Citation Charge Codes A8-12
o Failure to Maintain Records
Major

$25,000 High The lack of production and commercial use
Level 1 records cannot be compensated by other
information to substantiate reporting
of a non-excluded substance.

Citation Charge Code A22
o Failure to Report
Major

$25,000 High The violation impairs EPA's ability to oron®^
Level 1 implement §5 in that it may result in ne*S
less PMN by a third party.

Minor

$1,000 Mid	If the substance was reported bv someone

Level 4 else, the violation affects the*Agency's
ability to use the Inventory data as a
basis for hazard assessment and complianc
monitoring.	e

Citation Charge Codes Al-6

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o Failure to Report on Time

Persons whose late reporting has resulted in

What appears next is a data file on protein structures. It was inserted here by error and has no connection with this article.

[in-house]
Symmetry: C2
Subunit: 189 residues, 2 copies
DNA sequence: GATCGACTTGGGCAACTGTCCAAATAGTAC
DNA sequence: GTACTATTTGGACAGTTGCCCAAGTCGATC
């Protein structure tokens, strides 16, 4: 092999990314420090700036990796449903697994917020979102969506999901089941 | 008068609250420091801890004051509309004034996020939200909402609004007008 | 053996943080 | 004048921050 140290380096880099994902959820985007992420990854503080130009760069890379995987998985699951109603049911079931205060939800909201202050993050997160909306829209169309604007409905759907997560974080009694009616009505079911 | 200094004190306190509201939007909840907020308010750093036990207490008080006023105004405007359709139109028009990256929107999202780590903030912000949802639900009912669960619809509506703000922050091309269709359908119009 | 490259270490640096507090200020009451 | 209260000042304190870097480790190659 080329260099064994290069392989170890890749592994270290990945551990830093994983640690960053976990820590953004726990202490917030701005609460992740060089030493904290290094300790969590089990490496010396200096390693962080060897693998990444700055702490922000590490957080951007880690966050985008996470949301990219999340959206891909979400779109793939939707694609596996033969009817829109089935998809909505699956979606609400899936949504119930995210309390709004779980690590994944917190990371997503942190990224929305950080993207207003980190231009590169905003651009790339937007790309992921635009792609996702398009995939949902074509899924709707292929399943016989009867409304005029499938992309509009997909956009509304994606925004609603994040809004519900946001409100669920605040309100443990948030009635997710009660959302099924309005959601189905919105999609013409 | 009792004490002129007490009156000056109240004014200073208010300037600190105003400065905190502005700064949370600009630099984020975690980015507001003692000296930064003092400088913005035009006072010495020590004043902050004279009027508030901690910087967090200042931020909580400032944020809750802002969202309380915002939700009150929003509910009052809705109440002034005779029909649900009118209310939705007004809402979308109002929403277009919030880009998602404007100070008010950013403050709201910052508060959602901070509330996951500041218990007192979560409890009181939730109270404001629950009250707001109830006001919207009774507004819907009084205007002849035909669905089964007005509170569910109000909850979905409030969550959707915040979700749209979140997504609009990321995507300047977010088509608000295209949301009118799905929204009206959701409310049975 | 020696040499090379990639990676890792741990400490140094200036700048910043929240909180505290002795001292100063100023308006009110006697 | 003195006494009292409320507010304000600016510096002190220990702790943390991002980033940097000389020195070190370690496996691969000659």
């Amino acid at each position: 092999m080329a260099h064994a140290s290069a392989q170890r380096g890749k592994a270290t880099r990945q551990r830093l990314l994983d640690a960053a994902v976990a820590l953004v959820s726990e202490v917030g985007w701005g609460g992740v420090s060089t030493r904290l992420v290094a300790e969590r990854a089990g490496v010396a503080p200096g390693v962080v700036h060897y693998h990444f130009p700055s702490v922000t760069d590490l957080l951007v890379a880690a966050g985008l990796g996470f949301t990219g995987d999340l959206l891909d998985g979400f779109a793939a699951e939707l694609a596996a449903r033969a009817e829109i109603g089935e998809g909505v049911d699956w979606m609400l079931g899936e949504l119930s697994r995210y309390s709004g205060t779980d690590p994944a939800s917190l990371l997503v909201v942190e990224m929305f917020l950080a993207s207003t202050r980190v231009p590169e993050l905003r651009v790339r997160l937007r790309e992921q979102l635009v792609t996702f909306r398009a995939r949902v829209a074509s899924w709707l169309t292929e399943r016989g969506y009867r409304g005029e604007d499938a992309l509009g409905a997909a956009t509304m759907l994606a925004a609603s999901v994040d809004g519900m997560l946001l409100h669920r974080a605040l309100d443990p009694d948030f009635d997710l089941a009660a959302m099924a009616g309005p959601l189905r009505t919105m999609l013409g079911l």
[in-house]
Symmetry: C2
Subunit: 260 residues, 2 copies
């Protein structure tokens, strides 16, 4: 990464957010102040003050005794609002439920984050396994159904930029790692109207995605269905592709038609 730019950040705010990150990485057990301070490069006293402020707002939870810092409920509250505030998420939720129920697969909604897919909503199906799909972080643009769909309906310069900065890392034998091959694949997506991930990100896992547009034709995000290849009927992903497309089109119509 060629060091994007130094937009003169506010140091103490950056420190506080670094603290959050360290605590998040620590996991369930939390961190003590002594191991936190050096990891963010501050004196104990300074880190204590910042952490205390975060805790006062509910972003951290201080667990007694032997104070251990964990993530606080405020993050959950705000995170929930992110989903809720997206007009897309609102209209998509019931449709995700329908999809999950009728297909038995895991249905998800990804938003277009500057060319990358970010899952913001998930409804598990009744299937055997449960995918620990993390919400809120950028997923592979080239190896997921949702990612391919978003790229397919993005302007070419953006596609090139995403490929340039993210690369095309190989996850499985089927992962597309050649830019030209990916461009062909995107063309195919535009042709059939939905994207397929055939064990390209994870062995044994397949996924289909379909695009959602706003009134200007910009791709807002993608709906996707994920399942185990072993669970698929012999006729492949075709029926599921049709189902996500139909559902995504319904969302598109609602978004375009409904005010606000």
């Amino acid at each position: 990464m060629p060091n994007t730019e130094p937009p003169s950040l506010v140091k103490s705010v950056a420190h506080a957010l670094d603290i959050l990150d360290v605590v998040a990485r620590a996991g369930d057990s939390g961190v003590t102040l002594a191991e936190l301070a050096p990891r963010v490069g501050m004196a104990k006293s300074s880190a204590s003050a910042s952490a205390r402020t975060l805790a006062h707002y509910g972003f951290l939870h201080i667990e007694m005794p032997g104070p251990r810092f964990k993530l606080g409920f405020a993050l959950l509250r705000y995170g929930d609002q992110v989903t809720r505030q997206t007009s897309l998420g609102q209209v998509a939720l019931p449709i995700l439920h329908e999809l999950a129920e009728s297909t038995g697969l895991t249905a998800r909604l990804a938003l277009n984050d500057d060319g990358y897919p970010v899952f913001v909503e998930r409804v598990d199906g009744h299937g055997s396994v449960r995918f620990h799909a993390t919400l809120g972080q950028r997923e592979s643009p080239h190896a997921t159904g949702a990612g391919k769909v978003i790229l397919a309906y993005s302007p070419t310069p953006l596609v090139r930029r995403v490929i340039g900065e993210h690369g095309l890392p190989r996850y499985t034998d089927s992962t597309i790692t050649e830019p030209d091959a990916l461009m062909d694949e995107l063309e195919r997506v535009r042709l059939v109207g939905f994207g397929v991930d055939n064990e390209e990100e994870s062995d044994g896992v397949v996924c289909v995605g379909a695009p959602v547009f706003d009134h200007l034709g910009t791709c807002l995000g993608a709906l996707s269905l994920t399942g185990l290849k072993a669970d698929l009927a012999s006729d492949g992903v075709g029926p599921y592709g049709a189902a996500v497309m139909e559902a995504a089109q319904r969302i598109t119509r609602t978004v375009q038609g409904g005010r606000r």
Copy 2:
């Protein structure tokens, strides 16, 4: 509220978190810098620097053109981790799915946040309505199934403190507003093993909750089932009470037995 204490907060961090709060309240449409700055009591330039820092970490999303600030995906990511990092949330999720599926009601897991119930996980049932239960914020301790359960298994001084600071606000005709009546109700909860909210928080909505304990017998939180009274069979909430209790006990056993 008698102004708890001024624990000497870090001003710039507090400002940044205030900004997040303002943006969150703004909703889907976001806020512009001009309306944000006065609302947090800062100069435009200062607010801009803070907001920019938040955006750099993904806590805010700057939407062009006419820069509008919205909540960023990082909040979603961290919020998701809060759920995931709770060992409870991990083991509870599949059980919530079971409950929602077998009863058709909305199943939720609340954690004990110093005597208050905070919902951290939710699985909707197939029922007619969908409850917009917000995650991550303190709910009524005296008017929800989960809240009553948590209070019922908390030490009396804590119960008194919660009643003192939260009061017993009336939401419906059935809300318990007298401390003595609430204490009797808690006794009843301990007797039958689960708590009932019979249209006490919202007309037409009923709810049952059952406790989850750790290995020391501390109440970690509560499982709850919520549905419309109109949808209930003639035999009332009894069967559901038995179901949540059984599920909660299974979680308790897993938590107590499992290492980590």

the commencement of PMN activity will be
assessed a penalty '-nder the Major extent
category. The penalty level assessed will
depend on the stage of the PMN review process
at the time the late report is received.

persons whose late submissions have not inter-
fered directly with the PMN process but will
result in unanticipated expenditure of Agency
resources in updating the inventory will be
assessed a Minor/Low penalty of ?200/chemical.

Citation Charge Codes A7

VII. Adjustment Factors

The adjustment factors discussed in the TSCA Penalty Policy pages
9-17 can be applied to Inventory violations without further modification.

fall. Relationship to Penalties under §5 TSCA

It should be noted that certain Inventory reporting violations may
result in violation of the §5 premanufacture notification requirements
as well. For example, a person who fails to report for the Inventory as